The Foundation of the Entire Torah

Ahavas Yisrael is the foundation of the entire Torah.1 It therefore follows that one should never be lenient in this mitzvah, for in so doing, it would lead to leniencies in other mitzvos.2 Therefore, as the foundation of all mitzvos, ahavas Yisrael should be observed with great strength.3

A number of reasons are given as to the pivotal nature of this mitzvah:

1. The foundation and root of the whole Torah is based on the principle of “elevating the soul over the body.” Only one who truly views the soul as primary and the body as secondary can properly observe the mitzvah of ahavas Yisrael.4

2. The foundation and root of the Torah is based on the principle of drawing down the light of the Ein Sof (the infinite light of G‑d) into “Knesses Yisrael,” i.e., the collective entity comprising all the souls of Israel,5 and this is achieved through ahavas Yisrael.6

The fundamental nature of ahavas Yisrael is demonstrated in the Talmudic7 story of the proselyte who approached Hillel and requested that Hillel teach him the entire Torah while the proselyte stood on one foot,8 to which Hillel replied, “What you do not like done unto yourself, do not do unto others — this is the entire Torah; the rest is commentary.”

The meaning behind Hillel’s statement was:

1. The goal of all mitzvos is to reach the level of transcending the attachment to the material nature of this world and to be totally absorbed in the unity of G‑d. This, as stated above, is the essential nature of ahavas Yisrael.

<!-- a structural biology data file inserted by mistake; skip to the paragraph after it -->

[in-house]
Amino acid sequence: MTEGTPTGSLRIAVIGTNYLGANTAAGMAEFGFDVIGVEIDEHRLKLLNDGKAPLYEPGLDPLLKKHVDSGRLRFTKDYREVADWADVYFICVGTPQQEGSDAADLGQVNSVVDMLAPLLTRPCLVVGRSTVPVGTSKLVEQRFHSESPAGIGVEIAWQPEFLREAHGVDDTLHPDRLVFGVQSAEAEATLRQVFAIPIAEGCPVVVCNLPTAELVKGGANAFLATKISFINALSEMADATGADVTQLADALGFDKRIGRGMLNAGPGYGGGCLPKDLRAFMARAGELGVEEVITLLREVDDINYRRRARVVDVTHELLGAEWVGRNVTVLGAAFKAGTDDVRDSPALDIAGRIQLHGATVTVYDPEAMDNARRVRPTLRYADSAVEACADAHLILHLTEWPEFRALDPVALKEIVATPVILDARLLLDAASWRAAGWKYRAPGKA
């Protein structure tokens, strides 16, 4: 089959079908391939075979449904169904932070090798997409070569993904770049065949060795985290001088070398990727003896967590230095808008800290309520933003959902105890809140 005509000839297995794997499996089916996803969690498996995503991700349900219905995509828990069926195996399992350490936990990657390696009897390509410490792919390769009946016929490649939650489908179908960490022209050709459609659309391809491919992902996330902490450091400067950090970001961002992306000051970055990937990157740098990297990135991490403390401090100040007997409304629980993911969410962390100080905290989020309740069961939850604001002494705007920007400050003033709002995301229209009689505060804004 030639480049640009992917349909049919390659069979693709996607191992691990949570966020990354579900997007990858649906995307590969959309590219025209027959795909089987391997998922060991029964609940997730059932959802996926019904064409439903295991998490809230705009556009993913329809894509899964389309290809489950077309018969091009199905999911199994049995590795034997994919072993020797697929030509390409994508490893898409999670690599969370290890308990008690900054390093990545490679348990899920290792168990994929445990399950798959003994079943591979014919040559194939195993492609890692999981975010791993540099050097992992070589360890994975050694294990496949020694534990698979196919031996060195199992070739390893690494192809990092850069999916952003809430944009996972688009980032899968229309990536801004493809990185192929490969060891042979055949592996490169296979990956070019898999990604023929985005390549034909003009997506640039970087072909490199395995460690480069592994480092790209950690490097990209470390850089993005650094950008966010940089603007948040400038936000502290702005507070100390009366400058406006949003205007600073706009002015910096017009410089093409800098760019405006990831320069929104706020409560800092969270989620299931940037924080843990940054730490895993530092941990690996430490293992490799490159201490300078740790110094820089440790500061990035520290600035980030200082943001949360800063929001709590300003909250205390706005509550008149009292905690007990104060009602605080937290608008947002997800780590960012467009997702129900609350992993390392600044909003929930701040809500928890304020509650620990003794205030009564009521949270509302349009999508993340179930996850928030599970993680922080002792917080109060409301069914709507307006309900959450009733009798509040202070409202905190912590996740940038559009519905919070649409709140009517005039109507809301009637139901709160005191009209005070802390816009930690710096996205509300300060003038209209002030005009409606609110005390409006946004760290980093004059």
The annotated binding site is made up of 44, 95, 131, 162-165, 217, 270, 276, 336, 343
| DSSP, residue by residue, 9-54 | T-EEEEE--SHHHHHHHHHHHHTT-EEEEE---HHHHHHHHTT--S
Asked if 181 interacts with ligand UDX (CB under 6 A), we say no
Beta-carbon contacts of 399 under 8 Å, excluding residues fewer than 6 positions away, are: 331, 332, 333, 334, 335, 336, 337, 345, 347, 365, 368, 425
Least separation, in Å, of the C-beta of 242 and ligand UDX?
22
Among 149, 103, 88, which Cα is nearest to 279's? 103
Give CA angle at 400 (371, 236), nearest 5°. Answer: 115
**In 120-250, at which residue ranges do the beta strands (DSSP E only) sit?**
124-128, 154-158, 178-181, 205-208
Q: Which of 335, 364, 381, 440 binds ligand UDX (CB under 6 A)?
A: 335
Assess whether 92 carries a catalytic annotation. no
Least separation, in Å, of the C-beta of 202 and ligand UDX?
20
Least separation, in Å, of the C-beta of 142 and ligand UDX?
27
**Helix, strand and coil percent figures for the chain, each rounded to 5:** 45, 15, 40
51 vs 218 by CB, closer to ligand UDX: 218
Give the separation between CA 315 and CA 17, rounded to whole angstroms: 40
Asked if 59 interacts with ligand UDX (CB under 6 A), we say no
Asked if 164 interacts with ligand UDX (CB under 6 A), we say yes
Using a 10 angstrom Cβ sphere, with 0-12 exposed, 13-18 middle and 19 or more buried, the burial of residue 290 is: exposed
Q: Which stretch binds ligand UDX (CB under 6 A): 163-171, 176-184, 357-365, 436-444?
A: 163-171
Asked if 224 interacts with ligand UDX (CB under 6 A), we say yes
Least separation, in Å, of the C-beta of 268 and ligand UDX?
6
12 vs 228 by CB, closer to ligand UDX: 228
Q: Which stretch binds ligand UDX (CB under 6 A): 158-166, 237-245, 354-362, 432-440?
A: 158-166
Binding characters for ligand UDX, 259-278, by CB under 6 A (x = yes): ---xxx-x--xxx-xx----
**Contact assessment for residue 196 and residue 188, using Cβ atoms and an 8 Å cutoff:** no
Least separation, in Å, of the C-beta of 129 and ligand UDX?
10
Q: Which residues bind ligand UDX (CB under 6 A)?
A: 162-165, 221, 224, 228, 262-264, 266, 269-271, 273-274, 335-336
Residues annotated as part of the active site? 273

2. Every mitzvah draws Divine light into the world. This diffusion of the light of the Ein Sof is typified by the mitzvah of ahavas Yisrael and it therefore exemplifies the nature of all mitzvos. The basis of each mitzvah can therefore be explained by examining the nature of the mitzvah of ahavas Yisrael.9

The Chassidic Way of Life

The foundation of the Chassidic way of life is ahavas Yisrael.10 The founder of the Chassidic movement, the Baal Shem Tov, had unlimited ahavas Yisrael11 for all Jews. In the first years of the Baal Shem Tov’s leadership, he called his students “beloved ones,” and because of this, his opponents dubbed them “chassidim.”12 Before the Baal Shem Tov revealed himself, he served as an aide in a cheder, taking the children to and from school. About him the Maggid of Mezeritch once remarked: I wish that I would be able to kiss a Sefer Torah with the same love with which the Baal Shem Tov kissed a child when the child said the aleph-beis.13

In his Tanya, the classic work known as the written law of Chabad philosophy, the Alter Rebbe14 dedicates chapter 3215 to the subject of ahavas Yisrael. Since the numerical equivalent of the Hebrew word “lev” (“heart”) is 32,16 this suggests that the “heart” of Tanya, and, in fact, the heart of Chassidic life, is ahavas Yisrael.17

The Rebbe Maharash once said:18

“Of what use is Chassidus and yiras Shamayim, fear of Heaven, if the main thing — ahavas Yisrael — is missing?”